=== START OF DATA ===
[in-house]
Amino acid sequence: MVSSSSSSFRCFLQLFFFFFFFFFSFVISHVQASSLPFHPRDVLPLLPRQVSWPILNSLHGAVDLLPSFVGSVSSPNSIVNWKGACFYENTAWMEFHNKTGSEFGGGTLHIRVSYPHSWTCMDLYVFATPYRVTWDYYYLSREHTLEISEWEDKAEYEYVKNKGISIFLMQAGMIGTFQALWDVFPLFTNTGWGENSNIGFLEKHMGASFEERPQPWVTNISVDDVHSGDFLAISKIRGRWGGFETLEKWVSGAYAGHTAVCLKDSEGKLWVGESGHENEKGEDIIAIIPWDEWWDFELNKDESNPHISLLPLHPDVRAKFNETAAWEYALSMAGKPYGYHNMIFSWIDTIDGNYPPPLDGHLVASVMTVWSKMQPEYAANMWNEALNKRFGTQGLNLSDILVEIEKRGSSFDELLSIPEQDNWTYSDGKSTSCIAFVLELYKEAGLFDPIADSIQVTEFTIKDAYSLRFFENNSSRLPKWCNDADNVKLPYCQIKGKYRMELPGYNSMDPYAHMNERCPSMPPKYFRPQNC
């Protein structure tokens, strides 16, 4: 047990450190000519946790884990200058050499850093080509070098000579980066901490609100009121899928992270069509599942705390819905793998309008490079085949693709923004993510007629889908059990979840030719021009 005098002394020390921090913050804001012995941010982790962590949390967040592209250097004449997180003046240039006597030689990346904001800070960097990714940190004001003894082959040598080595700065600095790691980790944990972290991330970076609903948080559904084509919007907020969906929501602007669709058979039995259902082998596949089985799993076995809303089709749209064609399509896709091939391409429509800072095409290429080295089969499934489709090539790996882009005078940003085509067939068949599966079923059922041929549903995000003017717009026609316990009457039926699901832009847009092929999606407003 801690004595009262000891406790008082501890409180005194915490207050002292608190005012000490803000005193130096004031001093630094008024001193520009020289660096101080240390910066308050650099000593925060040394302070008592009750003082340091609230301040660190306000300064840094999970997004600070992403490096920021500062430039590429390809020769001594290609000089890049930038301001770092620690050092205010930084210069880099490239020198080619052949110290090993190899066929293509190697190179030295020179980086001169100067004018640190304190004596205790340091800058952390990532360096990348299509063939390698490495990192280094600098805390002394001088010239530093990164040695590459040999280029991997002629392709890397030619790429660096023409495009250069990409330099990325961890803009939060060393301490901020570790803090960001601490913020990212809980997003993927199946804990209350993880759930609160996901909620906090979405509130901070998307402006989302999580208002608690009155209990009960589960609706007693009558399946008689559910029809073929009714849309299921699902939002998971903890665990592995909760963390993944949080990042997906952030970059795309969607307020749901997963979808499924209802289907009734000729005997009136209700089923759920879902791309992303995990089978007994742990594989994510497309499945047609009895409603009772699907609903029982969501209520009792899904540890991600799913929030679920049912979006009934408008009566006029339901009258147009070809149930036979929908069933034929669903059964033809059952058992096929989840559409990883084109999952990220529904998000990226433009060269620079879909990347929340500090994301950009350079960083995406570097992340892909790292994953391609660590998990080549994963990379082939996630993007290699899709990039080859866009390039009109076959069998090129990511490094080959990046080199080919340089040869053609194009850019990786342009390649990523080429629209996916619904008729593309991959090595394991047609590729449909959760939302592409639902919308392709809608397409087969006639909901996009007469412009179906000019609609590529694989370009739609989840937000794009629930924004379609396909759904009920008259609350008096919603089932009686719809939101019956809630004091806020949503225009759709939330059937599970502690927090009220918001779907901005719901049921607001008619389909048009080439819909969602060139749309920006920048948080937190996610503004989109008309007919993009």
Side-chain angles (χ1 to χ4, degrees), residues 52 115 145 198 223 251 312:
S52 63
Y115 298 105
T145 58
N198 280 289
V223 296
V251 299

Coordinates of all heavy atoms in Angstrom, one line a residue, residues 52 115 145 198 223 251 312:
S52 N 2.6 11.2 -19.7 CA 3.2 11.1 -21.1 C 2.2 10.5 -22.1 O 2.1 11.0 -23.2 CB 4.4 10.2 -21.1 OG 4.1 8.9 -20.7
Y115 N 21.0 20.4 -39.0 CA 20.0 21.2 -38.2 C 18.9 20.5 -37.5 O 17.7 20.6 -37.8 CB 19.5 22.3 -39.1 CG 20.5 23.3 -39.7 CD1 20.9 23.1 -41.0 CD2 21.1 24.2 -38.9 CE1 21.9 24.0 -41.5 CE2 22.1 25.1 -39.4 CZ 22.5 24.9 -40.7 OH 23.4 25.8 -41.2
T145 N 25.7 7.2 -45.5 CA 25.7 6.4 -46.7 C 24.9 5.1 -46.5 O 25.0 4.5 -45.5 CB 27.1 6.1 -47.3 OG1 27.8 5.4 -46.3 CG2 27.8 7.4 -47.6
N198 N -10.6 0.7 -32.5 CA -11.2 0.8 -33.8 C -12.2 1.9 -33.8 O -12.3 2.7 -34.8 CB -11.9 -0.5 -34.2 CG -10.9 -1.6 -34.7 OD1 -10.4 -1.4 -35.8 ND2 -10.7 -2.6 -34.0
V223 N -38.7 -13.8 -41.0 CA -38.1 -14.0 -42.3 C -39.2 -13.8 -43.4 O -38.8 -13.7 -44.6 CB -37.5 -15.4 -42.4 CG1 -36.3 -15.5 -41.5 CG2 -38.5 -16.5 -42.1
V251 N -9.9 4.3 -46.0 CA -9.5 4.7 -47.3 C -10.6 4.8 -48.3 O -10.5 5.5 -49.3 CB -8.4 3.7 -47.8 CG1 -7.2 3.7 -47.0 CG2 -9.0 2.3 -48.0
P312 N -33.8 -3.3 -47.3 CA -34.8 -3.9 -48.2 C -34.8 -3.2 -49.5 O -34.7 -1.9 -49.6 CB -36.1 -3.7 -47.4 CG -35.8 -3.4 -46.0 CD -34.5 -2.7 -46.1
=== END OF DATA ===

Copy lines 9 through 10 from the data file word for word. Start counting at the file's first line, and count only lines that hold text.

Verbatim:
V223 296
V251 299